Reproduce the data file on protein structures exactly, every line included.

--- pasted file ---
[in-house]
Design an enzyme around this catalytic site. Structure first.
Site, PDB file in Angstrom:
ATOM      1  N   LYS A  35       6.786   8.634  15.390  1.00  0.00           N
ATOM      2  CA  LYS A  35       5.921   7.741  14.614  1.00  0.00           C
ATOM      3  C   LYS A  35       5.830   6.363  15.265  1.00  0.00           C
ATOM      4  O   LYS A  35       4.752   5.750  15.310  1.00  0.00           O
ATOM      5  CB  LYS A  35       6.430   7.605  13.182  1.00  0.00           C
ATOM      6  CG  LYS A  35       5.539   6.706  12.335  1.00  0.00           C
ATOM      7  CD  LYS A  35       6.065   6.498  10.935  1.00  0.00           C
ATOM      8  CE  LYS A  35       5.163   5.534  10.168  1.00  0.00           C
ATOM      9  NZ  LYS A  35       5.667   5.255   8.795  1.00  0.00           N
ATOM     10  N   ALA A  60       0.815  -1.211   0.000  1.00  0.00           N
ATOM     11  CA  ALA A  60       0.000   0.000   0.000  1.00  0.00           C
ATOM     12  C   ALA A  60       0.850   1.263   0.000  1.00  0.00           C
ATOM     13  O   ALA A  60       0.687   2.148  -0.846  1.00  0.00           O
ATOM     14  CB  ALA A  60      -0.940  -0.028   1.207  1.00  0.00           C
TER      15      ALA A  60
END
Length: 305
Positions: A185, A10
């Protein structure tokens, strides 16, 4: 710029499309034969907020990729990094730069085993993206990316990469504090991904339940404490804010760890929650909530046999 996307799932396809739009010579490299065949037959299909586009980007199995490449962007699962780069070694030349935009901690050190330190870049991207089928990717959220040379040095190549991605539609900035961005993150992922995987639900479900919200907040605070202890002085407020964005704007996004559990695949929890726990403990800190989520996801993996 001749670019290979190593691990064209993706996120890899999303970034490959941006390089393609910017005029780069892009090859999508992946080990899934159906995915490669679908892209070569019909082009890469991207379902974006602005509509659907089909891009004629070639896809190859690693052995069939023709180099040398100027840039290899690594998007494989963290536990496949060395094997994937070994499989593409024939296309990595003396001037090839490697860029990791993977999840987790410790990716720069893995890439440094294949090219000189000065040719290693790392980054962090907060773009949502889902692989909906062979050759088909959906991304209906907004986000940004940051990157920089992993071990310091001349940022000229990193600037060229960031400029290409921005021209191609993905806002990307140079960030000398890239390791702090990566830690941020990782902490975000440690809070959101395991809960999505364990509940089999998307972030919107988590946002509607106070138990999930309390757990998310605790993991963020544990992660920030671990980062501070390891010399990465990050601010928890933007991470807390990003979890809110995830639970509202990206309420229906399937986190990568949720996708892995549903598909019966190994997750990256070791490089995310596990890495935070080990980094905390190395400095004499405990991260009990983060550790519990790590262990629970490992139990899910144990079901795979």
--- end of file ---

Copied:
[in-house]
Design an enzyme around this catalytic site. Structure first.
Site, PDB file in Angstrom:
ATOM      1  N   LYS A  35       6.786   8.634  15.390  1.00  0.00           N
ATOM      2  CA  LYS A  35       5.921   7.741  14.614  1.00  0.00           C
ATOM      3  C   LYS A  35       5.830   6.363  15.265  1.00  0.00           C
ATOM      4  O   LYS A  35       4.752   5.750  15.310  1.00  0.00           O
ATOM      5  CB  LYS A  35       6.430   7.605  13.182  1.00  0.00           C
ATOM      6  CG  LYS A  35       5.539   6.706  12.335  1.00  0.00           C
ATOM      7  CD  LYS A  35       6.065   6.498  10.935  1.00  0.00           C
ATOM      8  CE  LYS A  35       5.163   5.534  10.168  1.00  0.00           C
ATOM      9  NZ  LYS A  35       5.667   5.255   8.795  1.00  0.00           N
ATOM     10  N   ALA A  60       0.815  -1.211   0.000  1.00  0.00           N
ATOM     11  CA  ALA A  60       0.000   0.000   0.000  1.00  0.00           C
ATOM     12  C   ALA A  60       0.850   1.263   0.000  1.00  0.00           C
ATOM     13  O   ALA A  60       0.687   2.148  -0.846  1.00  0.00           O
ATOM     14  CB  ALA A  60      -0.940  -0.028   1.207  1.00  0.00           C
TER      15      ALA A  60
END
Length: 305
Positions: A185, A10
């Protein structure tokens, strides 16, 4: 710029499309034969907020990729990094730069085993993206990316990469504090991904339940404490804010760890929650909530046999 996307799932396809739009010579490299065949037959299909586009980007199995490449962007699962780069070694030349935009901690050190330190870049991207089928990717959220040379040095190549991605539609900035961005993150992922995987639900479900919200907040605070202890002085407020964005704007996004559990695949929890726990403990800190989520996801993996 001749670019290979190593691990064209993706996120890899999303970034490959941006390089393609910017005029780069892009090859999508992946080990899934159906995915490669679908892209070569019909082009890469991207379902974006602005509509659907089909891009004629070639896809190859690693052995069939023709180099040398100027840039290899690594998007494989963290536990496949060395094997994937070994499989593409024939296309990595003396001037090839490697860029990791993977999840987790410790990716720069893995890439440094294949090219000189000065040719290693790392980054962090907060773009949502889902692989909906062979050759088909959906991304209906907004986000940004940051990157920089992993071990310091001349940022000229990193600037060229960031400029290409921005021209191609993905806002990307140079960030000398890239390791702090990566830690941020990782902490975000440690809070959101395991809960999505364990509940089999998307972030919107988590946002509607106070138990999930309390757990998310605790993991963020544990992660920030671990980062501070390891010399990465990050601010928890933007991470807390990003979890809110995830639970509202990206309420229906399937986190990568949720996708892995549903598909019966190994997750990256070791490089995310596990890495935070080990980094905390190395400095004499405990991260009990983060550790519990790590262990629970490992139990899910144990079901795979």